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Nikon d90 or d300s? I currently have a d5000, which I love mostly. I get great photos with it, but I am ever so sick of messing with the white/balance iso that i have to enter a menu to adjust. I went into to best buy today hoping to see both, and they only carry the d90 in store. I sure like the feel, but is it enough of an upgrade? I have also looked at the d700, as I am interested in fx, but feel that this is a huge expense for a hobbyist.
I mostly take photos of my kids (daily) and would love to get even better images. I have started taking family pics for friends as the requests become more and more frequent. I would love a camera that could carry me into very professional photo quality as I continue my hobby.
asked by B. Gilfillan on April 28, 2010
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It definitely depends on your interest. For what it sounds like you are doing now, I would recommend the d90 to save a bit and get great lenses. I currently have a d90 and have been looking to add a d300s sometime soon. The main reasons are the iso and the focal points. When I started out photographing professionally it was strictly families and my own kids with natural light. I mainly do that still, but have quite a few evening weddings and do not desire to use flash. The d90 does great in smaller situations, but with the higher iso I do see a bit more noise in the images.
The video was a huge selling point for me being a parent. I use it constantly with my kids!
Ultimately of course the choice is up to you (budget, need, etc), but in my opinion, I say get the d90 initially and enjoy that one before deciding on the extra $ for the d300s.
SarahgPhoto answered on May 13, 2010
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its better to have an underpriced camera with overpriced lenses than vise versa - always spring for the lenses ALWAYS. they are what make photography, not the camera. and i know plenty of pros that can prove it by using a d40 and taking better pictures than an enthusiast with a d3, all day long! marketing is the only thing that is titillating you into buying a new cam. the d90 is phenomenal and superior to the d300. its features are better and more intuitive. the only thing the 300 has is weather proofing and twice the bill. the 700 is a full frame, that means you have to get top quality fx lenses. no use having that camera unless you are planning on springing 1000 - $10000/lens. thats just the facts. happy shooting!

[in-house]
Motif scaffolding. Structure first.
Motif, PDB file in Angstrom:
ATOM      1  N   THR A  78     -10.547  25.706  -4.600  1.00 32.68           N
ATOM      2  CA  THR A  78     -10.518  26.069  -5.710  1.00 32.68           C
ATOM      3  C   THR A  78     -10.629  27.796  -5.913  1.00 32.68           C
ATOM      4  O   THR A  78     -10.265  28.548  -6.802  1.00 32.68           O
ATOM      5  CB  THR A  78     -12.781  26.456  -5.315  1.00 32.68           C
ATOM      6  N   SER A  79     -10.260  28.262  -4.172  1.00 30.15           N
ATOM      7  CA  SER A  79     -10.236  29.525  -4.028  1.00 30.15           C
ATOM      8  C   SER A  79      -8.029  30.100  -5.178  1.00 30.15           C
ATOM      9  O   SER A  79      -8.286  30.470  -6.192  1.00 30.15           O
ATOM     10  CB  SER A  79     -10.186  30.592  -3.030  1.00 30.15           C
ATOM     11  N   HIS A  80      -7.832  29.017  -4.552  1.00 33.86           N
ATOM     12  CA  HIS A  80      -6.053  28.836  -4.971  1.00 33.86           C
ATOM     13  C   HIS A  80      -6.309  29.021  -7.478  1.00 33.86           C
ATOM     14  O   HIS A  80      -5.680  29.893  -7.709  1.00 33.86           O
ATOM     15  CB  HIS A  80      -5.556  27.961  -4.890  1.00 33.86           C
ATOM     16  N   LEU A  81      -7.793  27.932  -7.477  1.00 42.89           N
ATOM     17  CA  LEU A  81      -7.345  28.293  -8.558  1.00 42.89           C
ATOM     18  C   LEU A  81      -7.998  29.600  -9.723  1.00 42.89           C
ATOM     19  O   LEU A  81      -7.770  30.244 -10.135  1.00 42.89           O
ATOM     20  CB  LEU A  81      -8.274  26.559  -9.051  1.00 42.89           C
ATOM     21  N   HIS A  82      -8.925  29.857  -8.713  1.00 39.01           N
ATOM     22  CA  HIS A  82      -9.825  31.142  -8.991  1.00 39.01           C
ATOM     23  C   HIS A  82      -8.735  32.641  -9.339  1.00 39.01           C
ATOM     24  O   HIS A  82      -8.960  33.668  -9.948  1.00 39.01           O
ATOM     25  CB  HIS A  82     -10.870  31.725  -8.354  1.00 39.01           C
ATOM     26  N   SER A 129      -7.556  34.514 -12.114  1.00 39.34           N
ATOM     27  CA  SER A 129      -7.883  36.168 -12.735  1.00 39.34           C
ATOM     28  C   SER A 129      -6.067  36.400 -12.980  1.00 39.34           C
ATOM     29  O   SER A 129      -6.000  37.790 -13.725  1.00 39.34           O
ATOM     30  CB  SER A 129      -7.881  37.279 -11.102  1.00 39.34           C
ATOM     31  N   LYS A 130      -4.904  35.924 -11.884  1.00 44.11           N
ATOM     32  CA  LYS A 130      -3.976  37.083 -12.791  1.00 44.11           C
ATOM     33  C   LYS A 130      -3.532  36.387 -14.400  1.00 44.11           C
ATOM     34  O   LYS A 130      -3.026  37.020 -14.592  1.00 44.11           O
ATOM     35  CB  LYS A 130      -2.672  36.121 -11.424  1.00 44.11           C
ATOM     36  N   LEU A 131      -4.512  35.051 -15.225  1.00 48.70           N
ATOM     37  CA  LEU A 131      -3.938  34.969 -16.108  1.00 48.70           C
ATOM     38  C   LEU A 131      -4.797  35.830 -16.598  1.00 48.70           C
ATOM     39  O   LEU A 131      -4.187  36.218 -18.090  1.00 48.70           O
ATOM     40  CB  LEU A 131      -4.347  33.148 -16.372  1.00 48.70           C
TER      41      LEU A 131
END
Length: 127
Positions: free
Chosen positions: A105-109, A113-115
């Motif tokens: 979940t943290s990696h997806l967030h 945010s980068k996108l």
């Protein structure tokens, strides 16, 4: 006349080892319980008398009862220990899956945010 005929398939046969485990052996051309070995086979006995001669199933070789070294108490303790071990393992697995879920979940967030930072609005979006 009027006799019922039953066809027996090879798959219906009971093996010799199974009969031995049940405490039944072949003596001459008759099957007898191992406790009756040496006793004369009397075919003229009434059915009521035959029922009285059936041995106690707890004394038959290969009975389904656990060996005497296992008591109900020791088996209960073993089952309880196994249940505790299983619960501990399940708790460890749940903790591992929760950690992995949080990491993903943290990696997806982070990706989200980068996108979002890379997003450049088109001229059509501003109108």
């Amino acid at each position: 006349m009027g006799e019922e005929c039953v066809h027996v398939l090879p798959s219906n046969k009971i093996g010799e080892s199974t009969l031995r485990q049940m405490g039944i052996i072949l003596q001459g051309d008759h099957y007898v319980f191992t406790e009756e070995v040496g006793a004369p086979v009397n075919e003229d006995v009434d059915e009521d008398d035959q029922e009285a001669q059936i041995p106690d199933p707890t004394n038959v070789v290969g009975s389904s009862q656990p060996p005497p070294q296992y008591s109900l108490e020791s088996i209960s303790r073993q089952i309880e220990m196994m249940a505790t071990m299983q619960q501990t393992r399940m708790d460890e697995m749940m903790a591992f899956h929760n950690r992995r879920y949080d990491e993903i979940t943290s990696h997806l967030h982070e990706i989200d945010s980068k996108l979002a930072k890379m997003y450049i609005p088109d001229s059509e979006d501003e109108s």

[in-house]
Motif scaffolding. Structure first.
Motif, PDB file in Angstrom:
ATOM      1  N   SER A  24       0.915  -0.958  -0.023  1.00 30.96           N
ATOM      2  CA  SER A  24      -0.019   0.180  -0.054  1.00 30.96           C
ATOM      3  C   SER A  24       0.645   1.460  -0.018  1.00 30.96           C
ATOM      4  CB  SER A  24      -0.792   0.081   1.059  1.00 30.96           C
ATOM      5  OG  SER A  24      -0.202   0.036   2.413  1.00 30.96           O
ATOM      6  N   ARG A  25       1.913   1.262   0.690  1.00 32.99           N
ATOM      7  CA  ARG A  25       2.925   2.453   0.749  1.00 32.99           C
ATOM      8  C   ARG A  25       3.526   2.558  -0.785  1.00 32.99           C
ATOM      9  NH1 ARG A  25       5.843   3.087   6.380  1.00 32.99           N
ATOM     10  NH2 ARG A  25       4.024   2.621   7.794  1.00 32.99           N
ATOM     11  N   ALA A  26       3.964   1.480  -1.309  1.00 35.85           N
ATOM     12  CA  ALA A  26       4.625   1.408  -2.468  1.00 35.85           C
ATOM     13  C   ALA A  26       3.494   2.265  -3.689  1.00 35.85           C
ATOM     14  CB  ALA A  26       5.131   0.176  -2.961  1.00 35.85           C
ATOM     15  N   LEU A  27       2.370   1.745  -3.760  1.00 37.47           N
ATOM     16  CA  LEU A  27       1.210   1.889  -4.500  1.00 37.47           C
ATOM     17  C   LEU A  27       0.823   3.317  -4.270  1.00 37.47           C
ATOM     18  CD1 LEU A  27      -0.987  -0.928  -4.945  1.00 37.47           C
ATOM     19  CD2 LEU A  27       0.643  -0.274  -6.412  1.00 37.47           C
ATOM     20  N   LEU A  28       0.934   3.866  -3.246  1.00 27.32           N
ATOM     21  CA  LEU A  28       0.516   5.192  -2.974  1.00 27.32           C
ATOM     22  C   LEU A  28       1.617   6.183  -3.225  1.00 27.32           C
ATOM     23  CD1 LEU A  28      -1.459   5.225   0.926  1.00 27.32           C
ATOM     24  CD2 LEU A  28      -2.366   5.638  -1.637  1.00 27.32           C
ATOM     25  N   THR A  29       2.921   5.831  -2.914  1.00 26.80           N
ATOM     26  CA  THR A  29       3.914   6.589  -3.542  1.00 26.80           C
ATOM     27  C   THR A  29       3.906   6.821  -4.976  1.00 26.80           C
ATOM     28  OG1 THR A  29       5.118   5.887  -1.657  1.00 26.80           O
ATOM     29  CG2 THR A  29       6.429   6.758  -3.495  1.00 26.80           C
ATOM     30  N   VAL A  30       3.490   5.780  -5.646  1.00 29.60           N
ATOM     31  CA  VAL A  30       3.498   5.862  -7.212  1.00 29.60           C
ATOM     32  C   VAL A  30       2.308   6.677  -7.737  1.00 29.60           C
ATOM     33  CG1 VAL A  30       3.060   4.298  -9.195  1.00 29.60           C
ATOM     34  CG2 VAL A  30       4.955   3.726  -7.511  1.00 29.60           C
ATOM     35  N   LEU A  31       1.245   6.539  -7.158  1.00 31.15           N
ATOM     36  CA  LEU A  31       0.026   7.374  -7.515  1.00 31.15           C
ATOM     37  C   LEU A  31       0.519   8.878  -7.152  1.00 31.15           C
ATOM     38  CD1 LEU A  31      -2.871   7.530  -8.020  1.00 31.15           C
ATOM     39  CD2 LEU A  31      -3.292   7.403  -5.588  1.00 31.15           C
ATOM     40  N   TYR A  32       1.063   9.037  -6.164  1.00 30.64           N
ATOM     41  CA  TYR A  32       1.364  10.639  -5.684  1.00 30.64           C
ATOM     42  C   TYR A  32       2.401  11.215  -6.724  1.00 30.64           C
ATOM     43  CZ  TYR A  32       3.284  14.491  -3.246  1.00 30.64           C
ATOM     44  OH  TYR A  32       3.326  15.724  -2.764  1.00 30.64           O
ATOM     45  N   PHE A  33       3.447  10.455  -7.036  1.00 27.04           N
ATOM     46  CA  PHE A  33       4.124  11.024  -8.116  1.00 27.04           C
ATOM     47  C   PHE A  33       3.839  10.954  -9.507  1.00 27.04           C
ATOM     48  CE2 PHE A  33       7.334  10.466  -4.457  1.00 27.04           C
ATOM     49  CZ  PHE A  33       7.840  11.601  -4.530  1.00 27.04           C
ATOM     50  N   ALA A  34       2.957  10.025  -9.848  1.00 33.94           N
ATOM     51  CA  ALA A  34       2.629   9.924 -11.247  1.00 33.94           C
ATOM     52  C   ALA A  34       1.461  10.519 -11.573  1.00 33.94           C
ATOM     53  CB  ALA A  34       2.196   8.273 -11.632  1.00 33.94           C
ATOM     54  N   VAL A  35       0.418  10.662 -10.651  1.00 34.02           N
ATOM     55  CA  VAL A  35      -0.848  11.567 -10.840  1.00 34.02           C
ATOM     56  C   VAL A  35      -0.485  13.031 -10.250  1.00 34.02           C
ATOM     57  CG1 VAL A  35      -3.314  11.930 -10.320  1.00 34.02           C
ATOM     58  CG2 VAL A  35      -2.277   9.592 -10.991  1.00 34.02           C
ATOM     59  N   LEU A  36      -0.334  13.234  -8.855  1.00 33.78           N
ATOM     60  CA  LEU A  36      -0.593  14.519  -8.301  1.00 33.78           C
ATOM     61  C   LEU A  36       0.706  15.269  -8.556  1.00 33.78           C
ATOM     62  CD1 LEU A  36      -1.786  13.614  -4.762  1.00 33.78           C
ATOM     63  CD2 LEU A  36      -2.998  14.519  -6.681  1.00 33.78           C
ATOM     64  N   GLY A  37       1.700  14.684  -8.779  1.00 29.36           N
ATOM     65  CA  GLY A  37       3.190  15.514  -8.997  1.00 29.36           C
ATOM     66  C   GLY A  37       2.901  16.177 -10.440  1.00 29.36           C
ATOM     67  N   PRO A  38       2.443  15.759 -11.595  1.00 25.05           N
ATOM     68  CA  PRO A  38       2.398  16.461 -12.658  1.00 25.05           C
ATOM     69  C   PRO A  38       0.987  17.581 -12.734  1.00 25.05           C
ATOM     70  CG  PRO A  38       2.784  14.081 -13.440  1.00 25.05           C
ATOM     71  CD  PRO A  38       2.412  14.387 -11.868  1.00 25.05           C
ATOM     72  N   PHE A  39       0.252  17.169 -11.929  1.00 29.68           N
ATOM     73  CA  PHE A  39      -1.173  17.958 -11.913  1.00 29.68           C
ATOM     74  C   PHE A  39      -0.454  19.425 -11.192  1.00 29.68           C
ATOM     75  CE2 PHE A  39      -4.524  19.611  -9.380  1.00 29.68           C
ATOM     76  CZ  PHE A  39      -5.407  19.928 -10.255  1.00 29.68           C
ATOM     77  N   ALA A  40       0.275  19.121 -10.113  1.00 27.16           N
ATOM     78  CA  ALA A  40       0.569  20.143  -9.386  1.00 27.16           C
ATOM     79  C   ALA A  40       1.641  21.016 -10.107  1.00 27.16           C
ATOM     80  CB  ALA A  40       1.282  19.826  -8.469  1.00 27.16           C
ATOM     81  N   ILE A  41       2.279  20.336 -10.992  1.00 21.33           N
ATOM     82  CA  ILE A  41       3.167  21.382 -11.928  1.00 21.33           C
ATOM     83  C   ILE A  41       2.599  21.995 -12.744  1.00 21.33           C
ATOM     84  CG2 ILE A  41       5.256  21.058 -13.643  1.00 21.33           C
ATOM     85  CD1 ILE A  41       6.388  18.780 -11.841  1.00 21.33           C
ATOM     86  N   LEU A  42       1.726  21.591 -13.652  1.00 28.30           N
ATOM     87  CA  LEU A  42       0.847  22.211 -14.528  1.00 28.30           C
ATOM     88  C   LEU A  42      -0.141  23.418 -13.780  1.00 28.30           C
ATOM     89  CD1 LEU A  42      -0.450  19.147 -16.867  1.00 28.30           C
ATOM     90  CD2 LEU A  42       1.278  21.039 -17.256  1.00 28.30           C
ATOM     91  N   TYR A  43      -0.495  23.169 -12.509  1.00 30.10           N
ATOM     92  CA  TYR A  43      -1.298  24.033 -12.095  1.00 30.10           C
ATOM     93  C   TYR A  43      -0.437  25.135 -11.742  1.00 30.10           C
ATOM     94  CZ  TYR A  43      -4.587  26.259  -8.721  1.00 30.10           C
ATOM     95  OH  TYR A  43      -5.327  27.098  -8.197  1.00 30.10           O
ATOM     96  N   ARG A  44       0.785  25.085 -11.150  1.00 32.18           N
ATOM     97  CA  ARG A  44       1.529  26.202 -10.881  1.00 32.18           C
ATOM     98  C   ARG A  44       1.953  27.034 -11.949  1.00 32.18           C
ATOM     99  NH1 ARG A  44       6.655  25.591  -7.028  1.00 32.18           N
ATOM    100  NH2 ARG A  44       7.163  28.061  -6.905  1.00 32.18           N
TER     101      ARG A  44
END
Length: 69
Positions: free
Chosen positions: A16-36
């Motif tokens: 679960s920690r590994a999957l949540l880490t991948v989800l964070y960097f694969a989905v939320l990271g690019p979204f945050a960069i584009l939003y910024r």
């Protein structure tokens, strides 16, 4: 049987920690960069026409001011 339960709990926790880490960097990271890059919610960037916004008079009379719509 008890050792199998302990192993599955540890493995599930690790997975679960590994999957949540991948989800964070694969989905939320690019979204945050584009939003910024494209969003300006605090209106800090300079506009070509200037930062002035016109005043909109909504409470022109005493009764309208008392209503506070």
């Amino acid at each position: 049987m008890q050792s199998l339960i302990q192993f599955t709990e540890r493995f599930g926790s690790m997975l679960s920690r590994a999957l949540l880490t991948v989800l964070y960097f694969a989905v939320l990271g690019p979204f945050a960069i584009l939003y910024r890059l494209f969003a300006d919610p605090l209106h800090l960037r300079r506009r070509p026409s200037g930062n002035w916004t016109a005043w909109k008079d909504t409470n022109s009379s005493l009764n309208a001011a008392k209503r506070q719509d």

j answered on July 28, 2010
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I have the D90 and purchased the 35mm f1.8 prime lens. I would highly recommend it especially since you can find it for $200. The sharpness and use in low light is amazing!
CKrup answered on June 22, 2010
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If you understand the Rule of 16, the older AiS Nikkor MF Lenses like the 28mm f2.8, the 50mm f1.8 and the 50mm f1.2 are optically superior to most AF lenses. You only be able to shoot in the Manual mode, no metering, but the resulting IQ can be amazing and the prices are right.